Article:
Everything you need to know about drill presses
Drill presses are a very large type of drill used for industrial work and are fixed or mounted on the ground or workbench. Drill presses are a major investment, but are certainly necessary for most industrial purposes, when large numbers of holes need to be made through heavy materials, in a consistent manner on a daily basis. Smaller presses are also an ideal purchase for home workshops. They offer considerable advantages over handheld drills, especially for use with stronger materials such as steel.
These advantages include:
- Drill presses utilize a much more powerful motor than most handheld ones. These motors facilitate drilling holes in heavy-duty materials and the use of larger bits.
- The material to be drilled is held in a clamp on the bench of the press, which keeps it in place. In addition, the drill itself is held on a spindle that is also fixed to the head of the press, which allows for consistent and accurate drilling.
- The bit is operated through a lever system fixed to the head of the press. This allows for place greater vertical pressure on the surface with less effort on the part of the operator.
Drill presses can either operate at fixed speeds through a series of stepped pulleys, or at manually adjusted speeds using a continuously variable transmission (common in medium-sized drills used in machine shops). In addition to being used for heavy-duty and precision drilling, drill presses can also be modified through various tool attachments, making them highly multi-functional. For instance, materials can be sanded by attaching a sanding drum to the drill head. Other rotating accessories may include honing wheels and polishing bits.
When selecting a drill press for your workshop, several options are available. Deciding which type of press to purchase depends mostly on your needs: what types of materials will be worked with, what size and angle of holes, how much versatility and flexibility is needed, etc. These are the different types of presses available, and the specific advantages and functions of each.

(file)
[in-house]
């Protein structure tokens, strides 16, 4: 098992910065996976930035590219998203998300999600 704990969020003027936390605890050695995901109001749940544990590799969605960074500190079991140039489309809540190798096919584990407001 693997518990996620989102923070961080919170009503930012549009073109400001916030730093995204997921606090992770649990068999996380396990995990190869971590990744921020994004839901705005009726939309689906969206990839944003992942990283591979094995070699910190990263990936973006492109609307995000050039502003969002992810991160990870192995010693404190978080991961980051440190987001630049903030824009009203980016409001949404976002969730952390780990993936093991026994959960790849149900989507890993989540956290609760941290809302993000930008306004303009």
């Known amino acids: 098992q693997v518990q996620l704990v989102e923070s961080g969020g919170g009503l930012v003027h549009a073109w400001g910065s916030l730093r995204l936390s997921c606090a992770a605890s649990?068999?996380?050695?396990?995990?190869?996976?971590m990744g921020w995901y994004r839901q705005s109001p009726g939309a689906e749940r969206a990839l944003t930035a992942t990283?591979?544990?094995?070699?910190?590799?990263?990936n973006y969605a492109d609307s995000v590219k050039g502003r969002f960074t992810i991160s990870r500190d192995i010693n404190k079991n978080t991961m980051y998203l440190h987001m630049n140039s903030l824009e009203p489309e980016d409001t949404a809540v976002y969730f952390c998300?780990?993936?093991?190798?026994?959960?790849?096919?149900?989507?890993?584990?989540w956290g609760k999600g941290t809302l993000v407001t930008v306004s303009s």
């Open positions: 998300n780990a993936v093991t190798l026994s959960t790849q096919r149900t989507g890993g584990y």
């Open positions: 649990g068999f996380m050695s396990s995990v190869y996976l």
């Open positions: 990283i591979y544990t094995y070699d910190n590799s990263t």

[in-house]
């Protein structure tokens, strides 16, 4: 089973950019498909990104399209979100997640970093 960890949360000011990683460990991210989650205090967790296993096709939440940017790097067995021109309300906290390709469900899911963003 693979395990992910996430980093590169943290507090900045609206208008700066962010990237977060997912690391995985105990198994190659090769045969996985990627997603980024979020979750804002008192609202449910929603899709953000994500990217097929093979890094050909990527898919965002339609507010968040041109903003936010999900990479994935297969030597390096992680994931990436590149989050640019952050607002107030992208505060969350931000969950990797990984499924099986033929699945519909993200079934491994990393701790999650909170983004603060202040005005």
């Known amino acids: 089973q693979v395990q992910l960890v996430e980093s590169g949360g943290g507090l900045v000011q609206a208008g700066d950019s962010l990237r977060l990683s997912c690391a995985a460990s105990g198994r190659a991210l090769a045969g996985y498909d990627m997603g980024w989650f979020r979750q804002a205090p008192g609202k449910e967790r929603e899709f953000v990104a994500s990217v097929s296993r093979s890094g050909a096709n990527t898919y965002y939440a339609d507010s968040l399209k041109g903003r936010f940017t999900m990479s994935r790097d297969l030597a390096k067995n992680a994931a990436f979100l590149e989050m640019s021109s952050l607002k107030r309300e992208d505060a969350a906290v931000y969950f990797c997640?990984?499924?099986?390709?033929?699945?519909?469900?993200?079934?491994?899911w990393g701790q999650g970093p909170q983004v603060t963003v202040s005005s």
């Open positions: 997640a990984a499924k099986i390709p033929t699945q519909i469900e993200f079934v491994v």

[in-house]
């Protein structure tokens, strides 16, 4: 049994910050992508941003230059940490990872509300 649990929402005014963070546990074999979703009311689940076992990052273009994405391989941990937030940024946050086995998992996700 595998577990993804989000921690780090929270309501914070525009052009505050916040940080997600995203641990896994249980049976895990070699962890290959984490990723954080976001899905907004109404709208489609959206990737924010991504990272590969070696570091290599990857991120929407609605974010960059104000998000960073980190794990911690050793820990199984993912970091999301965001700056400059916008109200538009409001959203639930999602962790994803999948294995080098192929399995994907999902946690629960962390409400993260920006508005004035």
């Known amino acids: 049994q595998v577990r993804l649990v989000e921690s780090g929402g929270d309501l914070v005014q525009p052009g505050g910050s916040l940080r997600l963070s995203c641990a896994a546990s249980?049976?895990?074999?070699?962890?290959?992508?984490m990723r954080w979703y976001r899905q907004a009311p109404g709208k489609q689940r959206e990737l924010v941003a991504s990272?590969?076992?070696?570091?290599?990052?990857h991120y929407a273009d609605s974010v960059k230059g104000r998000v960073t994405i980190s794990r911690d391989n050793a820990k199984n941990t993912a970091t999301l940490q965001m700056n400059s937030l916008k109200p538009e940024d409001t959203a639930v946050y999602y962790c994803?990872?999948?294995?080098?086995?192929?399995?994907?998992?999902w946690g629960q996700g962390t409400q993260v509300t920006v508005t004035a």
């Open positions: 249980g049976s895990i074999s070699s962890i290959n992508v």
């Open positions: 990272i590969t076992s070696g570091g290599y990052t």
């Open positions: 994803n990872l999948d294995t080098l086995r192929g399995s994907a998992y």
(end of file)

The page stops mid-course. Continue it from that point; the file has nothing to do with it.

Bench-top drill press
These drill presses are very compact. They are ideal for low-intensity jobs and smaller materials. They also have fewer speed settings as well as a smaller speed range. When working in smaller spaces or on low scale projects, bench-top presses are great as they take up less floor space.
Floor-standing drill press
A floor-standing press, although more expensive than a bench-top press, is much more versatile and powerful. It is more powerful and can work on a larger range of materials or objects. They have a more drastic range of speed settings and have more horsepower, resulting in the ability to cut through thicker materials and through more objects.
Radial drill press
Radial presses are unique as they offer a tilted head for angled drilling (when the workplace is flat). The head of the press allows for an extended swing, more than twice that of a regular drill press. They work best for large pieces.
Magnetic drill press
A magnetic press is comprised of an electromagnetic design and is used for heavy-duty metals, such as structural steel. They are easily movable and offer very powerful operation. This tool is ideal for professional metal workers.